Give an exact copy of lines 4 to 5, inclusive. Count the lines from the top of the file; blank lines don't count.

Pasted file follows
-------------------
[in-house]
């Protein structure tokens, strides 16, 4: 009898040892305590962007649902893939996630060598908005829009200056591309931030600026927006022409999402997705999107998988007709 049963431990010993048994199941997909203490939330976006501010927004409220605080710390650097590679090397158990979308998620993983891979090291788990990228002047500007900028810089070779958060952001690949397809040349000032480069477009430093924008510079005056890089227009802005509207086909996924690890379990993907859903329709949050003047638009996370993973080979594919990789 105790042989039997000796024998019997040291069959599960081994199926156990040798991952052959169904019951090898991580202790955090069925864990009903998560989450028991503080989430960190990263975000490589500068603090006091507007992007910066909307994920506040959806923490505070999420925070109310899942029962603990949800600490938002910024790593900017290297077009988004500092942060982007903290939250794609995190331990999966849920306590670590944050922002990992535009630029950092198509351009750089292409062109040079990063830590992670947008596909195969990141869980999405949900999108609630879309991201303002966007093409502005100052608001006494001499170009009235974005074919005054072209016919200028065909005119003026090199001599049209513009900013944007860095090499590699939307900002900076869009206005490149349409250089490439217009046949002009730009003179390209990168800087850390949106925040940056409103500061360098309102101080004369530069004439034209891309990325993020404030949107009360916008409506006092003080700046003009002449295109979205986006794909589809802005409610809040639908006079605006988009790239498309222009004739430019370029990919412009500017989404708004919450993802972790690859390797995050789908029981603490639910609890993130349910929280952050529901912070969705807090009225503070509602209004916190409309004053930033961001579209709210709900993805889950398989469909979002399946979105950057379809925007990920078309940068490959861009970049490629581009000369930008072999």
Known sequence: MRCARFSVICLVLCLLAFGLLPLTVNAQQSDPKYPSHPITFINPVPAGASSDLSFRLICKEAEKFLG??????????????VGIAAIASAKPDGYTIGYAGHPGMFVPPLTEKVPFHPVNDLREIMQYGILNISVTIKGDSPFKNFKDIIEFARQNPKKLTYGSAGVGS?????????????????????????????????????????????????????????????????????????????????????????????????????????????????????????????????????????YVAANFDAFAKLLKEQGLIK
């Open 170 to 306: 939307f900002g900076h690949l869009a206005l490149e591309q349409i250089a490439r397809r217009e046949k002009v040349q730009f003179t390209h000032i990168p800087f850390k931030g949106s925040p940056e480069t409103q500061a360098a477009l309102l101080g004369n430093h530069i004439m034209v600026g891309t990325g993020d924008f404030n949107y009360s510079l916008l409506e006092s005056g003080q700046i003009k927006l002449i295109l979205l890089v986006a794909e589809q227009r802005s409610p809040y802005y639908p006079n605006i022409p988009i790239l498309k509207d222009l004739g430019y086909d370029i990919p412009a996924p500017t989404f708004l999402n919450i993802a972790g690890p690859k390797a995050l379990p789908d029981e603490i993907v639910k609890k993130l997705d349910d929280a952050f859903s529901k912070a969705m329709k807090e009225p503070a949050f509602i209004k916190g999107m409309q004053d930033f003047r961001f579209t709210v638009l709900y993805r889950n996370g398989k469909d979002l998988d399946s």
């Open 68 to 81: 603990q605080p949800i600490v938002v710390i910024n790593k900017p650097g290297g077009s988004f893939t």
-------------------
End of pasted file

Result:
């Open 170 to 306: 939307f900002g900076h690949l869009a206005l490149e591309q349409i250089a490439r397809r217009e046949k002009v040349q730009f003179t390209h000032i990168p800087f850390k931030g949106s925040p940056e480069t409103q500061a360098a477009l309102l101080g004369n430093h530069i004439m034209v600026g891309t990325g993020d924008f404030n949107y009360s510079l916008l409506e006092s005056g003080q700046i003009k927006l002449i295109l979205l890089v986006a794909e589809q227009r802005s409610p809040y802005y639908p006079n605006i022409p988009i790239l498309k509207d222009l004739g430019y086909d370029i990919p412009a996924p500017t989404f708004l999402n919450i993802a972790g690890p690859k390797a995050l379990p789908d029981e603490i993907v639910k609890k993130l997705d349910d929280a952050f859903s529901k912070a969705m329709k807090e009225p503070a949050f509602i209004k916190g999107m409309q004053d930033f003047r961001f579209t709210v638009l709900y993805r889950n996370g398989k469909d979002l998988d399946s």
């Open 68 to 81: 603990q605080p949800i600490v938002v710390i910024n790593k900017p650097g290297g077009s988004f893939t």